Should the proponents of the law have achieved their goal by means of fair competition, by winning each step of the way at the ballot box and within the law, then the ultimate result of the law would be adjudicated as many laws have in our nation’s past: by a neutral arbiter within the courts determining whether the individuals affected have specific individual rights, whether those rights were infringed, and whether such infringement is sufficiently fundamental to invalidate the majority’s desire for the legislated result. That, however, is not what happened. At each stage of the game, the Republican party, a wolf in wolf’s clothing, has acted like an insurgent outlier, in defiance of law and Constitutional dictate, dressed in only the flimsiest of rationales, to achieve its aims.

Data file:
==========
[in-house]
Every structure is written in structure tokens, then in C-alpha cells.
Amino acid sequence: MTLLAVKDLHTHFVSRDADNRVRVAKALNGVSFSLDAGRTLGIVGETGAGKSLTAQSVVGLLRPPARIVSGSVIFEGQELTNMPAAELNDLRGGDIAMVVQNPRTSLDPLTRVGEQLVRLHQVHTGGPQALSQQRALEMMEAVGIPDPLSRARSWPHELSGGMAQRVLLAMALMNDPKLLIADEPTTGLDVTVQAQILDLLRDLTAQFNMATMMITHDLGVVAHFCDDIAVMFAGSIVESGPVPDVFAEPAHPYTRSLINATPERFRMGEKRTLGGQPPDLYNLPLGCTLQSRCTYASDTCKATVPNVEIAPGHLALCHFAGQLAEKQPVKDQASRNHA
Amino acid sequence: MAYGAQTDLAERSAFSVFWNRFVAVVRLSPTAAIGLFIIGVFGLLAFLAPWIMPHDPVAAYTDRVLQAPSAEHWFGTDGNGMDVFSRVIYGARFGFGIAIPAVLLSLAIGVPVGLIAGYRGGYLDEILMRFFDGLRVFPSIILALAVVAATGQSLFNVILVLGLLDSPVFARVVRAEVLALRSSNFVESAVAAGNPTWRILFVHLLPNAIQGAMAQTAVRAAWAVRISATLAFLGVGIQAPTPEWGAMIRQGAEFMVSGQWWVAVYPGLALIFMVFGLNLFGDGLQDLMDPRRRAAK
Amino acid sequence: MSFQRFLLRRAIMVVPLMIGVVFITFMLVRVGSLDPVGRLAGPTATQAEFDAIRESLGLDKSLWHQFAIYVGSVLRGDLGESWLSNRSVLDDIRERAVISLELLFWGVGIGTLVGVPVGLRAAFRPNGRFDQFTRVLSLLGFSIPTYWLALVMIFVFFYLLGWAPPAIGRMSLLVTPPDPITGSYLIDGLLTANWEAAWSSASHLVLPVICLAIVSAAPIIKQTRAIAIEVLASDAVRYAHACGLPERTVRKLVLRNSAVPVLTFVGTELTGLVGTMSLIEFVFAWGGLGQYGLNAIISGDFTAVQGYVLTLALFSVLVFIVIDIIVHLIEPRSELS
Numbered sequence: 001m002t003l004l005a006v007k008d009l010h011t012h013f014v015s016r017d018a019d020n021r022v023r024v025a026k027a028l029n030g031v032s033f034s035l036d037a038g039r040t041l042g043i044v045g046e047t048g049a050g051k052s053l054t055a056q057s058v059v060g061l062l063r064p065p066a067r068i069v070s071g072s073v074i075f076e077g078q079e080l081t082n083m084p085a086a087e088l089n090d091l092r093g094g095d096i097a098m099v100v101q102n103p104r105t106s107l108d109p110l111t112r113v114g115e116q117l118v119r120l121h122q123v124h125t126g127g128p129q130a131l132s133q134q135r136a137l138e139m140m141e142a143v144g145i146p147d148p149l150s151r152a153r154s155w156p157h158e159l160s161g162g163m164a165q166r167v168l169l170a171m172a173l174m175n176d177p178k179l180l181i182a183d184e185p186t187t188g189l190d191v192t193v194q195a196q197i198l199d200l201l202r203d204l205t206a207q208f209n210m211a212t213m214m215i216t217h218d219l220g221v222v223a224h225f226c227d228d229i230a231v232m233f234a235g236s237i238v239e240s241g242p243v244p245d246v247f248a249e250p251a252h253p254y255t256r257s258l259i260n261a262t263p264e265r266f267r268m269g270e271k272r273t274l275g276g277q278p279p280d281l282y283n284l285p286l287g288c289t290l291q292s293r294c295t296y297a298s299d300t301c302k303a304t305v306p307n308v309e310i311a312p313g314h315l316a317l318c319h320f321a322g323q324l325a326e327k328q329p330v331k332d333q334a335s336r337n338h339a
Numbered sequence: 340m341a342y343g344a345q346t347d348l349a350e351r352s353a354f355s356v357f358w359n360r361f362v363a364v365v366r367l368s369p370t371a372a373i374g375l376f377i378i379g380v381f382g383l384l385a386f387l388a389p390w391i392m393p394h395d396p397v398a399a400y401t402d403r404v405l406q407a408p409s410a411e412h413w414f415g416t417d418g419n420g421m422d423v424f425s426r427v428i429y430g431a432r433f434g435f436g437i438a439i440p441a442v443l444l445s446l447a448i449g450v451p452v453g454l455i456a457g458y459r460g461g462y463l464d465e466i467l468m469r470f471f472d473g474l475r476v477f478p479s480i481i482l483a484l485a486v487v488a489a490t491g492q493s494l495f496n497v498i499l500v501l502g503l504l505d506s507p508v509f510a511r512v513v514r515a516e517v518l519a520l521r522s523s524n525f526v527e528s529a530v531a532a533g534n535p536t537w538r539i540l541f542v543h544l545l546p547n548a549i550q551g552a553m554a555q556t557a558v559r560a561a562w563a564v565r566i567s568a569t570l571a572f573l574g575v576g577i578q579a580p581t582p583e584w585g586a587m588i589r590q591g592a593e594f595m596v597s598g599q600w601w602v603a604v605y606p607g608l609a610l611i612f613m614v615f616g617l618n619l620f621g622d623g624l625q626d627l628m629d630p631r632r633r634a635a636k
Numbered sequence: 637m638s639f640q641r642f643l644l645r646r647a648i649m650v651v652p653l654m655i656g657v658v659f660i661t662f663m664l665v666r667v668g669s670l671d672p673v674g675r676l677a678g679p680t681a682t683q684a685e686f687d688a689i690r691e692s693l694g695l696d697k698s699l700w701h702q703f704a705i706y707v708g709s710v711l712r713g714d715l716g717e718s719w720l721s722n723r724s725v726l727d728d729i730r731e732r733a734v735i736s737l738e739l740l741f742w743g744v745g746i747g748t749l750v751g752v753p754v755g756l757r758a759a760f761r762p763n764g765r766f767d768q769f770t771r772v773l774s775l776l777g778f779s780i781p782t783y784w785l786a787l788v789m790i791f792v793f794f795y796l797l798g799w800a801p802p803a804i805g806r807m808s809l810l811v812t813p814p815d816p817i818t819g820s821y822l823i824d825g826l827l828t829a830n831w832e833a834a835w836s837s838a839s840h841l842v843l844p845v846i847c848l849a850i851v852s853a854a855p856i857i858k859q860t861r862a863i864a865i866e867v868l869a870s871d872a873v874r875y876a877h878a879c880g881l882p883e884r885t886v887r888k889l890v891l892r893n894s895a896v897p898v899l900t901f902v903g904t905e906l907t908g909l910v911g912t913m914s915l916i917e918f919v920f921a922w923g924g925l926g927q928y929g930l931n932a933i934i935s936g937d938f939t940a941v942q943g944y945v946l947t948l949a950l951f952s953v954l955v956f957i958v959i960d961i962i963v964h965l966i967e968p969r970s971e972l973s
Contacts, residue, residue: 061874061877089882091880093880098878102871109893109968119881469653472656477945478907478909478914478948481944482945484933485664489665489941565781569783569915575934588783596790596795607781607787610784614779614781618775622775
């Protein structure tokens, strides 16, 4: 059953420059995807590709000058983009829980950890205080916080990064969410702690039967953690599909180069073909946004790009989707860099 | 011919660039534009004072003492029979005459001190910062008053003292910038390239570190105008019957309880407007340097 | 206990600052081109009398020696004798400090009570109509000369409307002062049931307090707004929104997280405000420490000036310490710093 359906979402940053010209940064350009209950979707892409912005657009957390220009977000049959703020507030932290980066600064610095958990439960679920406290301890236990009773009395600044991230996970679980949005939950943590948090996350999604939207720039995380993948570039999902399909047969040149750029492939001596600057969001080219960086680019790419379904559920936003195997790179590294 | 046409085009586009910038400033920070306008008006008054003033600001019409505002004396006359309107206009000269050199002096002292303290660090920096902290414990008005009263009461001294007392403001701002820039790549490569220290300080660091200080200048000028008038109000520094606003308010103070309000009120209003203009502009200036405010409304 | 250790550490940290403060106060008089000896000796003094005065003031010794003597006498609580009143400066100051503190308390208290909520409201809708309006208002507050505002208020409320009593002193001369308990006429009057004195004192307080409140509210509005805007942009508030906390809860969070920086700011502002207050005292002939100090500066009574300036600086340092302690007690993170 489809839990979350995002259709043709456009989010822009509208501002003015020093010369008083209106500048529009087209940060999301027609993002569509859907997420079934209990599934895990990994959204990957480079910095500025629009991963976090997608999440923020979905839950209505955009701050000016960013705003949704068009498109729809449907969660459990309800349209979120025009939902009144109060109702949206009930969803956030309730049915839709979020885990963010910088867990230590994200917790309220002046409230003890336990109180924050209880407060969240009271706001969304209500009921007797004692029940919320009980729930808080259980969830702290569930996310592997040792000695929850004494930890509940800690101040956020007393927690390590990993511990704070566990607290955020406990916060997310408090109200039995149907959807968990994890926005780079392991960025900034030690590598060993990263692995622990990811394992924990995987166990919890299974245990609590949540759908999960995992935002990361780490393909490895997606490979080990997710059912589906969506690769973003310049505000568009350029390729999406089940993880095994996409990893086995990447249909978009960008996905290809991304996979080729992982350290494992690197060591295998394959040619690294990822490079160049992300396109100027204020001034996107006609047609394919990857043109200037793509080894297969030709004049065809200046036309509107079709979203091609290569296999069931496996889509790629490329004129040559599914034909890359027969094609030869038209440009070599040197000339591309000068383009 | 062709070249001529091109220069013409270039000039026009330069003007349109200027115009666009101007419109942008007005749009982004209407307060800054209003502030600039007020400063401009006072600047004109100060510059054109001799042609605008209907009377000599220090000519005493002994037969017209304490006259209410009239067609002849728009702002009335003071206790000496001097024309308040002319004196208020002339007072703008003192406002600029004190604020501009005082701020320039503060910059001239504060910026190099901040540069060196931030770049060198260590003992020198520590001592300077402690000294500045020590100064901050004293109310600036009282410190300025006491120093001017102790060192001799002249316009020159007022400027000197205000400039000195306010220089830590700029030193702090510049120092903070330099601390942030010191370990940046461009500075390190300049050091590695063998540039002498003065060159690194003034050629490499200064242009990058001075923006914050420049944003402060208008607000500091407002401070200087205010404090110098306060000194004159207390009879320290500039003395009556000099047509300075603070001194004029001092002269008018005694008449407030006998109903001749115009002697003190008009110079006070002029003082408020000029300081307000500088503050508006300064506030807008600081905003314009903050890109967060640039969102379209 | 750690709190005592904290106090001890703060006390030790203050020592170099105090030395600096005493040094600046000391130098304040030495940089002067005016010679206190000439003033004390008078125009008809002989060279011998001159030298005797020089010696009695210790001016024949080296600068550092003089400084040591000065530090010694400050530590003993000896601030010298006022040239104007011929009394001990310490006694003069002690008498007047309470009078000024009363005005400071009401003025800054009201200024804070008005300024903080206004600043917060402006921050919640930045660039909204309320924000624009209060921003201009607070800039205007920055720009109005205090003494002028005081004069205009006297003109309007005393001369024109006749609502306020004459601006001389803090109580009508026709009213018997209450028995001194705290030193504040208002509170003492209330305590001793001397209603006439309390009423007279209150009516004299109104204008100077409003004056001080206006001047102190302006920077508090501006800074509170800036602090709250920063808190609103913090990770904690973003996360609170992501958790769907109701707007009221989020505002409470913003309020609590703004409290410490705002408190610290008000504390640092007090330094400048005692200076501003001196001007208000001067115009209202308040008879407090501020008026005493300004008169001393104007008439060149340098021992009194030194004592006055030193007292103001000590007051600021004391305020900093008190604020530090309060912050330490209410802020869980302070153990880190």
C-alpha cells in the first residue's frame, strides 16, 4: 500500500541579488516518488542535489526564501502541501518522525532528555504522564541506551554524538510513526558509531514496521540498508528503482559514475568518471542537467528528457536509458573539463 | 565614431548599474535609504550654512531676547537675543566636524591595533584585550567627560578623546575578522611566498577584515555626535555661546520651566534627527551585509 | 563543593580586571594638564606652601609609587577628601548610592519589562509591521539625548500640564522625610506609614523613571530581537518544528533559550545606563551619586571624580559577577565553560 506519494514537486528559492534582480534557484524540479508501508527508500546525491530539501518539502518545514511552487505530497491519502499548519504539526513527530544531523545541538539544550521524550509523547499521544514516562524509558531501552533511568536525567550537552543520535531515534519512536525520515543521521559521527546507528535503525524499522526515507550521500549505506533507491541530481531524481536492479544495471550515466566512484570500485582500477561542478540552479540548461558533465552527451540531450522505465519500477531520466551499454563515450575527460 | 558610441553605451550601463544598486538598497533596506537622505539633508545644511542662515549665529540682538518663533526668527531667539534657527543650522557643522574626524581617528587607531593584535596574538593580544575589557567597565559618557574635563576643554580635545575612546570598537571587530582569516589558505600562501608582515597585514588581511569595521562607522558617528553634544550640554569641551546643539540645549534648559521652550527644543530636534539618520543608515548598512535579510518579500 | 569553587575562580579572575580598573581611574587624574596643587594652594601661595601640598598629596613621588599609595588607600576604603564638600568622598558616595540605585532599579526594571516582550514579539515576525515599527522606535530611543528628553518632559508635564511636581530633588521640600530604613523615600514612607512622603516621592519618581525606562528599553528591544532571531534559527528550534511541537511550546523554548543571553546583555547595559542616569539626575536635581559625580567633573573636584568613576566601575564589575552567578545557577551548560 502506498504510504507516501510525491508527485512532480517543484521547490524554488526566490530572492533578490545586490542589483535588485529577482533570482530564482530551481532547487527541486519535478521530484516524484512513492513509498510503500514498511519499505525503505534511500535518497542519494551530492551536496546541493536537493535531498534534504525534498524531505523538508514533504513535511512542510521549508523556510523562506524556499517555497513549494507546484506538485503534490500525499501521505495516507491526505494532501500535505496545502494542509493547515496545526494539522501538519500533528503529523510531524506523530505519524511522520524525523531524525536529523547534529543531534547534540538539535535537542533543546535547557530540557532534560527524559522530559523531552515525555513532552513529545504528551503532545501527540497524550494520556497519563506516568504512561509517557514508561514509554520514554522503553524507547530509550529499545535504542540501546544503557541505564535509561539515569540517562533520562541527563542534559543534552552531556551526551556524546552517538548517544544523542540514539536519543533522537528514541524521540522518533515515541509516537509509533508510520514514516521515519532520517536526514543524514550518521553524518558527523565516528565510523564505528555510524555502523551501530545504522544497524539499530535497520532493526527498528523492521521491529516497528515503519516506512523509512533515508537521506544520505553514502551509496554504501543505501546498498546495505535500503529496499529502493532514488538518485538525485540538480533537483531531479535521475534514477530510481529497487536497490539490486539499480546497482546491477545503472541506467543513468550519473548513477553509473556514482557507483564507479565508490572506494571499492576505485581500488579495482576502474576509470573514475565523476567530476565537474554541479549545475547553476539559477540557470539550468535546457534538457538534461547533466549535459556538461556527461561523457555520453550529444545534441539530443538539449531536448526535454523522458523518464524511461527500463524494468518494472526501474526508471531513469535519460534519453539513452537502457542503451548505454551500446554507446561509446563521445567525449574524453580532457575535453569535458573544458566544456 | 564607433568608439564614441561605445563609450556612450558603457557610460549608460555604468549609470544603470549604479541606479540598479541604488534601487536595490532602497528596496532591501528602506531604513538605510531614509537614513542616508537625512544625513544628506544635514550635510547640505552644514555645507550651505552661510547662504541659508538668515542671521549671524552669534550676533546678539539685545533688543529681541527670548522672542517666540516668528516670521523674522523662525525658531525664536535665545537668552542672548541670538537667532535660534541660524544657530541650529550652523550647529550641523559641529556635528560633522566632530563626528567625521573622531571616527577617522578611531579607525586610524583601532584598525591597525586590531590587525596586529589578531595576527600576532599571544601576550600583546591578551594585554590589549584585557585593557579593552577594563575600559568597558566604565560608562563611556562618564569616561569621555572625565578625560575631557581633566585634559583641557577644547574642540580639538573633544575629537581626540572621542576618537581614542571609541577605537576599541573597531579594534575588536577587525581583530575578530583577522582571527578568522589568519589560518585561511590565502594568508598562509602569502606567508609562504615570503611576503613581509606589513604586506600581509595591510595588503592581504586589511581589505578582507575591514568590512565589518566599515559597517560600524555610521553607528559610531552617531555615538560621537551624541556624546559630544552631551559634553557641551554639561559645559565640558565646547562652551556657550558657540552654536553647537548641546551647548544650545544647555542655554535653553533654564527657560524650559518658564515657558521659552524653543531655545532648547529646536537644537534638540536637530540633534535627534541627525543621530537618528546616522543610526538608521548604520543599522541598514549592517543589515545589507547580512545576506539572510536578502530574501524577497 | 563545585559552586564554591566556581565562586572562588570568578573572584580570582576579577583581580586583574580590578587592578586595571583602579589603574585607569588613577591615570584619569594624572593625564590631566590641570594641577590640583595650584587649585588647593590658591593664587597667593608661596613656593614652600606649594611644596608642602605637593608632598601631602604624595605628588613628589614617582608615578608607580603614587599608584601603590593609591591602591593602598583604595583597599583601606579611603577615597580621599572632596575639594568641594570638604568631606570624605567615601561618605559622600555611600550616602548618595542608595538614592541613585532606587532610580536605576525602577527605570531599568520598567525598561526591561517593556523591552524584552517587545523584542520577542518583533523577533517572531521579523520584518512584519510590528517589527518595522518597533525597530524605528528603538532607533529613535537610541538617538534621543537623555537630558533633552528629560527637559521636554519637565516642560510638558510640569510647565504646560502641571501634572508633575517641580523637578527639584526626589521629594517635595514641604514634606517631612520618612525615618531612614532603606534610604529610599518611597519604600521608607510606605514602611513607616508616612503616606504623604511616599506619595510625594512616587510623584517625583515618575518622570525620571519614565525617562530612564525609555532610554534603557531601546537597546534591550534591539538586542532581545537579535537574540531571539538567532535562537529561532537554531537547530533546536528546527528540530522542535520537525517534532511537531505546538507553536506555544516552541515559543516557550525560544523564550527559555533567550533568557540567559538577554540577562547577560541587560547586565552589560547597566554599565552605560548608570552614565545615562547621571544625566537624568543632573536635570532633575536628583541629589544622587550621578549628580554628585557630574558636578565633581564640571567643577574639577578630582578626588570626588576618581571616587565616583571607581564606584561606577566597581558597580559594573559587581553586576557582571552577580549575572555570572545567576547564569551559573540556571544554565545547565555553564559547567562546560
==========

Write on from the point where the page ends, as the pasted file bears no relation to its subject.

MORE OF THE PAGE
The first step was to capture the state legislature. Even in a reliably Red State, the Georgian population is much closer to purple than generally thought- 46% of the state went for Clinton in 2016, in a down year for Democrats. Yet Republicans have a supermajority in the State Senate and 103 of 178 seats in the lower house. They’ve achieved this through a brutal and partisan battle to gerrymander the county borders and then apply a healthy dose of voter suppression to lock in the unjust gains. After capturing control of redistricting in 2010, Georgia Republicans redrew the map to ensure that black voters, who vote heavily Democratic, were crammed into as few districts as possible, further rendering many districts in Georgia uncompetitive. In 2015 the Georgia House re-drew 15 districts in order to dilute the black voting population in districts where white Republicans were vulnerable. In 2014, Brian Strickland narrowly edged a Democratic challenger in a metro Atlanta district with a voting population which was 56% white and 31% black; by re-drawing the map, the white voting population increased and the black decreased, allowing Strickland to win against in 2016 with a 3.4% margin. The effect was pronounced: in 2018, 112 of the 180 House seats had one party run a candidate while unopposed. Republicans won 60 races in which their candidate won 100% of the vote, like some tin-pot dictator professing his bona fides. If democracy is choice, then in most Georgia districts, democracy simply doesn’t exist. The law, meanwhile, provided no succor to stop the charge. In 2018, a federal court found “compelling” evidence that Georgia lawmakers redistricted black voters to preserve Republican power at the state Capitol, but elevating form over substance, refused to take any action on the theory that partisan, rather than racial advantage, lay behind the rationale.